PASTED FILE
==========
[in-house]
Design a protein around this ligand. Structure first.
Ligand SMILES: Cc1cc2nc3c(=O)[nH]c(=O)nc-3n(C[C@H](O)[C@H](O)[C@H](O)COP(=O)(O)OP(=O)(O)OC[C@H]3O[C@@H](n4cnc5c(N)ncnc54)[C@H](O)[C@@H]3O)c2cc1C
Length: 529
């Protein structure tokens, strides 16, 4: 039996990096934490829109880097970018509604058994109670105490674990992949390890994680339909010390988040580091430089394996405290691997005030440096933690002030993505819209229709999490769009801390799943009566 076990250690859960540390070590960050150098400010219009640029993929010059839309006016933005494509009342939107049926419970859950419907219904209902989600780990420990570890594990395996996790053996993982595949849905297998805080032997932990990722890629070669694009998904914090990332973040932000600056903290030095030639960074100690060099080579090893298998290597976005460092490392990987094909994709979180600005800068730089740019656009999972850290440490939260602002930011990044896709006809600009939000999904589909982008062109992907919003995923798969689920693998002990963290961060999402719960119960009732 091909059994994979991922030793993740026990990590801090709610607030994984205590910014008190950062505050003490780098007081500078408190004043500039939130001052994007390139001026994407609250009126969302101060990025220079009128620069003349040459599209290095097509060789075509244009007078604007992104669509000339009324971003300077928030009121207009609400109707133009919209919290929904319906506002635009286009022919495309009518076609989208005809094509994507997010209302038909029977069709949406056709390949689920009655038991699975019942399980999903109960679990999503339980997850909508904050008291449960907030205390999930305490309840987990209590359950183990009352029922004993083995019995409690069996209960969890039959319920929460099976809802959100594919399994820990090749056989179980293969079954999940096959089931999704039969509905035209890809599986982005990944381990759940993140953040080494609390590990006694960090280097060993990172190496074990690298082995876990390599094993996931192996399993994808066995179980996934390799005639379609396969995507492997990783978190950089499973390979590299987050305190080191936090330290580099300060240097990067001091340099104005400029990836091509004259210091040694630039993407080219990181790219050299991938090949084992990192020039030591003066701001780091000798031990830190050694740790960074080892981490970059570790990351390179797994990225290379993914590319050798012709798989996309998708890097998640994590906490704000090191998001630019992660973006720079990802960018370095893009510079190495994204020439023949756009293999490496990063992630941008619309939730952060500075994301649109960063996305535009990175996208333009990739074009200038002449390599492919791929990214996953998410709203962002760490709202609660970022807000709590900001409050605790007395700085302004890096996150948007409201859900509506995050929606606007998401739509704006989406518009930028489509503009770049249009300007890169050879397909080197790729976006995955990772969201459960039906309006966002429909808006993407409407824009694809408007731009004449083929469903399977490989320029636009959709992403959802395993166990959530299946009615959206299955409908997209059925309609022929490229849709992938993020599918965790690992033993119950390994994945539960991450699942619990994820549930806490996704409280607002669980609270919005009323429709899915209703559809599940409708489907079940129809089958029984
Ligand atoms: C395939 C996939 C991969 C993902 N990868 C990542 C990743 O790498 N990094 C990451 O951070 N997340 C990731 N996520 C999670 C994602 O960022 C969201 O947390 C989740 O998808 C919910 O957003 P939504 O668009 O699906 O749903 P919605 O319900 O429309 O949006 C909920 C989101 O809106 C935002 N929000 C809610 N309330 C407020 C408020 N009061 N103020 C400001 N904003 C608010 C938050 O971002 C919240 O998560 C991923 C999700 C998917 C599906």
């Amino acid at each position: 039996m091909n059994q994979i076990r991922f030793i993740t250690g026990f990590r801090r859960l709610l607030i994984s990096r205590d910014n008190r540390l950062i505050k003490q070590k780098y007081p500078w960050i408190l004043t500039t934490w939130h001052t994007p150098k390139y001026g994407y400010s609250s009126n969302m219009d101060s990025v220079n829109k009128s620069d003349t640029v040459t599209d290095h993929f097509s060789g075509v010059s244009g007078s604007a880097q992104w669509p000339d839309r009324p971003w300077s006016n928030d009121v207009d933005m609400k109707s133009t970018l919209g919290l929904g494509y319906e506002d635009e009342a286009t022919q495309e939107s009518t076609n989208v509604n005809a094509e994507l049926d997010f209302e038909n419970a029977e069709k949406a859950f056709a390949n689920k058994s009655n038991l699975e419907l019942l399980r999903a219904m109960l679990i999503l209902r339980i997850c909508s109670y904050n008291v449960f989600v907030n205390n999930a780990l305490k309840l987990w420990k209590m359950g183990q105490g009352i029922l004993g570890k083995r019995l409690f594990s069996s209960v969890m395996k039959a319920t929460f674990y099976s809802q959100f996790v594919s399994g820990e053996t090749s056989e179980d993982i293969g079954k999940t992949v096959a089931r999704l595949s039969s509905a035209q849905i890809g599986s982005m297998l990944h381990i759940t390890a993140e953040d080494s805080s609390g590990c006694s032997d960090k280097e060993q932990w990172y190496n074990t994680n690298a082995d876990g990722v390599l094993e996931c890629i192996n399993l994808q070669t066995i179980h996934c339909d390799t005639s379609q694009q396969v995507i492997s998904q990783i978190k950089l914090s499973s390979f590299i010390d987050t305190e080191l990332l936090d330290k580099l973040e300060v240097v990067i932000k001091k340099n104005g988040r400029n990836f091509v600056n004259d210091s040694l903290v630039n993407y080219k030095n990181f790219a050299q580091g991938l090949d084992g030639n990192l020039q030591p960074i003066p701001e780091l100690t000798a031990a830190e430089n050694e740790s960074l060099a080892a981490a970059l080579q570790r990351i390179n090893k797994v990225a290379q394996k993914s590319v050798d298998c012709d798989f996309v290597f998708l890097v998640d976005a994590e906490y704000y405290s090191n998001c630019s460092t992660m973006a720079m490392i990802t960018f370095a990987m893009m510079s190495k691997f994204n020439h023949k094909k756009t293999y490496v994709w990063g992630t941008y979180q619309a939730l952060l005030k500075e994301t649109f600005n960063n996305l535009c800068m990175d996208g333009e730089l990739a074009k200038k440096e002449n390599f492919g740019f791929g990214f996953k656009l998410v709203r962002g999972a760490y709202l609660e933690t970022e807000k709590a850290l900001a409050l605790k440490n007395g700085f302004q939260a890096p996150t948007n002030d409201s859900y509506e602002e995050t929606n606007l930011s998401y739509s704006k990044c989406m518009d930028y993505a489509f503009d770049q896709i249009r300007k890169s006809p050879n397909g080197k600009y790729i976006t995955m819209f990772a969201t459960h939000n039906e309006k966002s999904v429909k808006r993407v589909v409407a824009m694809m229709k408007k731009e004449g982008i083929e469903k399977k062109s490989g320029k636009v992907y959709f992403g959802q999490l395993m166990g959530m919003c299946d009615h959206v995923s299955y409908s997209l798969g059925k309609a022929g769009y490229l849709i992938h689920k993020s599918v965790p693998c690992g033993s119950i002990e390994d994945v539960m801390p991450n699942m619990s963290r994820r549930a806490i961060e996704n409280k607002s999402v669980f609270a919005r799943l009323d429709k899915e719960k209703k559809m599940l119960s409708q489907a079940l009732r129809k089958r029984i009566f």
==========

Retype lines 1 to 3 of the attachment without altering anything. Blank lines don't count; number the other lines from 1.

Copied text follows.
[in-house]
Design a protein around this ligand. Structure first.
Ligand SMILES: Cc1cc2nc3c(=O)[nH]c(=O)nc-3n(C[C@H](O)[C@H](O)[C@H](O)COP(=O)(O)OP(=O)(O)OC[C@H]3O[C@@H](n4cnc5c(N)ncnc54)[C@H](O)[C@@H]3O)c2cc1C